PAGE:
• Using safety tools - learn about the privacy settings of each site or service your child accesses. Software is available that restricts sensitive personal information from being transmitted online, as well as monitoring softwares that disclose which sites your child has been to and if they have entered personal information. There are also time-limiting softwares to make sure that your child can go online only when you are around, and filtering softwares that block access to sites that you feel are inappropriate
  • Assessing the credibility of online information - teach young people how to determine whether online information comes from a credible source. You can do this by seeing whether information corresponds with other similar websites and whether the 'sponsor' of a website is a reputable government, professional or industry organisation. A good place to find reliable websites is 'recommended links' on reputable organisations' websites. Reputable information-based websites (e.g. health websites) will usually not be encouraging you to purchase goods or services from them
  • Reassuring your child - that access to the Internet and mobile phones will not be cut off if they report inappropriate behaviour or content. However, they need to know how to deal with online risks including:
        - not responding to the sender of any abusive or malicious
           content/messages
        - hanging up or logging out immediately if they feel uncomfortable
           or worried
        - seeking help from parents or a trusted adult
  • Encouraging your child to engage in outside activities - value face-to-face time with friends
  • Never ignoring or minimising cyberbullying - if your child shows signs of being cyberbullied, you can help by listening to their concerns and working with them to take control of the situation. For more information, view our hot topic on Cyberbullying
  • Becoming aware of the true nature of 'sexting' - there is no such thing as 'safe sexting'. In Australia, laws against child pornography apply to minors as much as to adults. Ignorance among young people when it comes to this behaviour can affect their future[14][15]

Who can I contact for more information?

You may wish to contact your local parenting help service/s for further information.

Other useful links

References

  1. ACMA. (2008). Internet use and social networking by young people, No.1. Media and Communications in Australian Families Series. Retrieved from: http://www.acma.gov.au/ on 30 November 2011.
  2. Mashable Business. (2010). Social Networking Usage Surges Globally [STATS]. Retrieved from: http://mashable.com/ on 30 November 2010.
  3. Facebook. ( n.a.). 'Statistics'. Retrieved from: http://www.facebook.com/press/info.php?statistics on 1 December 2010.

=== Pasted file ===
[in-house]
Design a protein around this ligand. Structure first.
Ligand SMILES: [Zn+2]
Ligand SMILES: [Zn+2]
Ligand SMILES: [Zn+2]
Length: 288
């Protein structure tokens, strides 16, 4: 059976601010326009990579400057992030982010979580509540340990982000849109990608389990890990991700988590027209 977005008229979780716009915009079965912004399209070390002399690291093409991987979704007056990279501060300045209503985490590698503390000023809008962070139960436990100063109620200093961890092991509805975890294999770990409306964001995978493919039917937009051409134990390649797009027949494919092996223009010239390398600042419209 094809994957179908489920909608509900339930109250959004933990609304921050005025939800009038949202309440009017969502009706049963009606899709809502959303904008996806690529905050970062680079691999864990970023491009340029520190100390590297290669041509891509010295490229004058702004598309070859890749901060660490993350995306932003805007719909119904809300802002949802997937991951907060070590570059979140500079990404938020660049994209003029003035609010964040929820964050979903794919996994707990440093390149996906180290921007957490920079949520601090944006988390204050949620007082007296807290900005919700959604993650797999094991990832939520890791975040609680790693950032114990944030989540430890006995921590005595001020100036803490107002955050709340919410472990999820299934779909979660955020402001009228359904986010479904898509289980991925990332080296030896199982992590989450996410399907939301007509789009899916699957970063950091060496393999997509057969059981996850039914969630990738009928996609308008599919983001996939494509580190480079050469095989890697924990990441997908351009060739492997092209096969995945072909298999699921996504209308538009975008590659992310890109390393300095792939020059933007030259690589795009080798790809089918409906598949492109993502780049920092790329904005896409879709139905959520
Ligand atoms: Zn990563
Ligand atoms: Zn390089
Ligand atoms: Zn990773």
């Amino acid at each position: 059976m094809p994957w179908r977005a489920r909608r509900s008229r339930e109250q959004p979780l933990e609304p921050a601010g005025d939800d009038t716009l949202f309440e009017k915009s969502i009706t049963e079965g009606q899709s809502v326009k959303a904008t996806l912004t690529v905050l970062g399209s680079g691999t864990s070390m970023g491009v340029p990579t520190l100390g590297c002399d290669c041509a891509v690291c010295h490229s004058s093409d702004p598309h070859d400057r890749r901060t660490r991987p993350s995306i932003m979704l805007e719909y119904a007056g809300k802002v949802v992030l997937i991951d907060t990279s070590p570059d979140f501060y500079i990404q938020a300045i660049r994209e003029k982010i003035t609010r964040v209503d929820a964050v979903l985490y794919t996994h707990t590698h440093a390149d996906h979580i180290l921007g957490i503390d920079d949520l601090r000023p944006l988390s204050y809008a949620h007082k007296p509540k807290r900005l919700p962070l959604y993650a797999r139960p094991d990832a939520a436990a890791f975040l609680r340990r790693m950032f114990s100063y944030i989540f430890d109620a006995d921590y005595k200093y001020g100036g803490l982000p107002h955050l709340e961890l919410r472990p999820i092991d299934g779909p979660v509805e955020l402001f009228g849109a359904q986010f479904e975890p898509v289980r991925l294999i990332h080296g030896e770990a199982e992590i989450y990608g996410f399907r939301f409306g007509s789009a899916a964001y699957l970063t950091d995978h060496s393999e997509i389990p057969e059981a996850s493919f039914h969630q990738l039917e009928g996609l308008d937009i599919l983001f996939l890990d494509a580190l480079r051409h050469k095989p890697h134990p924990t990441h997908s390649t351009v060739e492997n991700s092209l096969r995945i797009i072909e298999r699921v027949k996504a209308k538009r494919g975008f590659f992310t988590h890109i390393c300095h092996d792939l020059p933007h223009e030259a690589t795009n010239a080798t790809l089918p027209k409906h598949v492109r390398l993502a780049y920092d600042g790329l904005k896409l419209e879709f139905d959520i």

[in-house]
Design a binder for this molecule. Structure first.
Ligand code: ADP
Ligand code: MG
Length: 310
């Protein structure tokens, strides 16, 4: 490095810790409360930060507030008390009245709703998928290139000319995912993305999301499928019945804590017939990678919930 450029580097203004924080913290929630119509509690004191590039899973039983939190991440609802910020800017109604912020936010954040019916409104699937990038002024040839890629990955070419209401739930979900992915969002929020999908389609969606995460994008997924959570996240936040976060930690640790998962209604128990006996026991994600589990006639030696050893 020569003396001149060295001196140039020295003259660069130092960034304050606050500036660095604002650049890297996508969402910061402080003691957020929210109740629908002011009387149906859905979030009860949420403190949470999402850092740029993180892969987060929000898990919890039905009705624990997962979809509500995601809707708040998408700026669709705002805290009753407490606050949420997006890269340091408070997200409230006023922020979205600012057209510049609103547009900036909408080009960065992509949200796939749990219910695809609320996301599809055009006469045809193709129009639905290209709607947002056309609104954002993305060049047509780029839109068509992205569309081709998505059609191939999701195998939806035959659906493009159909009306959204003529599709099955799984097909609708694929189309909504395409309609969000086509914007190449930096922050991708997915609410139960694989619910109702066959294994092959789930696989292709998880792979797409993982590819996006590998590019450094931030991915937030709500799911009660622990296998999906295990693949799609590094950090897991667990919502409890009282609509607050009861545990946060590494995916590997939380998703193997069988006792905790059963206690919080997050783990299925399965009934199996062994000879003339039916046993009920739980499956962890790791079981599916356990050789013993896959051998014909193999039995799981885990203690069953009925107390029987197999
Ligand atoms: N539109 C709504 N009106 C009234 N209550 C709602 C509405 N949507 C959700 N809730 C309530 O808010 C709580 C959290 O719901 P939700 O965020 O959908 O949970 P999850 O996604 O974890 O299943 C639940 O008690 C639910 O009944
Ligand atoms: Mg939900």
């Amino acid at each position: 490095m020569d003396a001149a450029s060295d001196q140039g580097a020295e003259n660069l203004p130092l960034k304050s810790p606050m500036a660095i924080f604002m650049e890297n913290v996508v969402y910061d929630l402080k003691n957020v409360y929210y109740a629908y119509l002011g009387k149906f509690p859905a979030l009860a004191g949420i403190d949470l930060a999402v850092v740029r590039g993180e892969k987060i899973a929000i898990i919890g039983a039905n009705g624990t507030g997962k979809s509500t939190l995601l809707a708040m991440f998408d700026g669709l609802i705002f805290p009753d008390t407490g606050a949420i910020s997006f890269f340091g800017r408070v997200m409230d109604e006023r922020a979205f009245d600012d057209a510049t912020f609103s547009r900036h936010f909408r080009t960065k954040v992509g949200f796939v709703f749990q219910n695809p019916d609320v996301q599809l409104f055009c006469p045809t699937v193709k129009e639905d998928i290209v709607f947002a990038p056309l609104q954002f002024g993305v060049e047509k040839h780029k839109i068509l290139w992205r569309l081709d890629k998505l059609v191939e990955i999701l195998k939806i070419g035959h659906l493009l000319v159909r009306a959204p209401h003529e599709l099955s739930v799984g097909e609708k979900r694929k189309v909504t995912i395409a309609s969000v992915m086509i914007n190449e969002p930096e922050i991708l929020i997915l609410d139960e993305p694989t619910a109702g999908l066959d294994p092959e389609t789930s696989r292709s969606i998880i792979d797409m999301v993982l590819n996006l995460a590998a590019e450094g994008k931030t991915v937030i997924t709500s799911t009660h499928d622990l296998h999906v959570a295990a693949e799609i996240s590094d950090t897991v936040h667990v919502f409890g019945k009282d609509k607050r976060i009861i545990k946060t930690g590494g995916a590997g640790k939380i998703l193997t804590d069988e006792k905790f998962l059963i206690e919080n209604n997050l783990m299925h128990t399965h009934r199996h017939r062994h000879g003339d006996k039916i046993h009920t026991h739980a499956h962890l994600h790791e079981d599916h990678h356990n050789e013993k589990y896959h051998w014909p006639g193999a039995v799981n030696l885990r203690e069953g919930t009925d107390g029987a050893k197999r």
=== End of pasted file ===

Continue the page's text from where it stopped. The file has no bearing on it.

4. Wyn, J. (2005). 'Young People, Wellbeing and Communication Technologies'. Prepared for Victorian Health Promotion Foundation, 2005. Youth Research Centre, University of Melbourne.
  5. GetNetWise. (2008). Retrieved from:http://kids.getnetwise.org/safetyguide/ on 4 November 2011.
  6. Loughlin, J. & Taylor-Butts, A. (2009). 'Child Luring Through the Internet.' Component of Statistics Canada catalogue no. 85-002-X Juristat. Vol. 29, no. 1.
  7. Cybernetrix. (2008). Case study: Jeremy's friend - Grooming and luring. Retrieved from: http://www.cybersmart.gov.au/cybernetrix/shared/pdf/case_jeremys_friend.pdf on 29 November 2011.
  8. Price, M. and Dalgleish, J. (2010). 'Cyberbullying: Experiences, impacts and coping strategies as described by Australian young people', Youth Studies Australia, vol. 29, no. 2, pp. 51-59.
  9. ACMA Cybersmart. (2009). 'Sexting': The Cybersmart parents: connecting parents to cybersafety resources. Retrieved from: http://www.cybersmart.gov.au/ on 18 November 2011.
  10. Online Safety Guide. (n.a.). Retrieved from: http://kids.getnetwise.org/safetyguide/ on 25 November 2011.
  11. ThinkUnow Parents. (n.a.). Retrieved from: https://www.thinkuknow.co.uk/parents/ on 25 November 2011.
  12. ACMA Cybersmart - Parents. (2009). Retrieved from: http://www.cybersmart.gov.au/Parents.aspx on 25 November 2011.
  13. BoysTown Submission. (2010). Inquiry into Cyber-Safety. Parliament of Australia. Retrieved from: http://www.boystown.com.au/ on 23 November 2011.
  14. Lenhart, A. (2009) 'Teens and Sexting: How and why minor teens are sending sexually suggestive nude or nearly nude images via text messaging'. Pew Internet and American Life Project.
  15. Feyerick, D. & Steffen, S. (2009). "'Sexting' lands teen on sex offender list." Retrieved from: http://www.cnn.com/2009/CRIME/04/07/sexting.busts/ on April 2009.

Published: 11 March 2012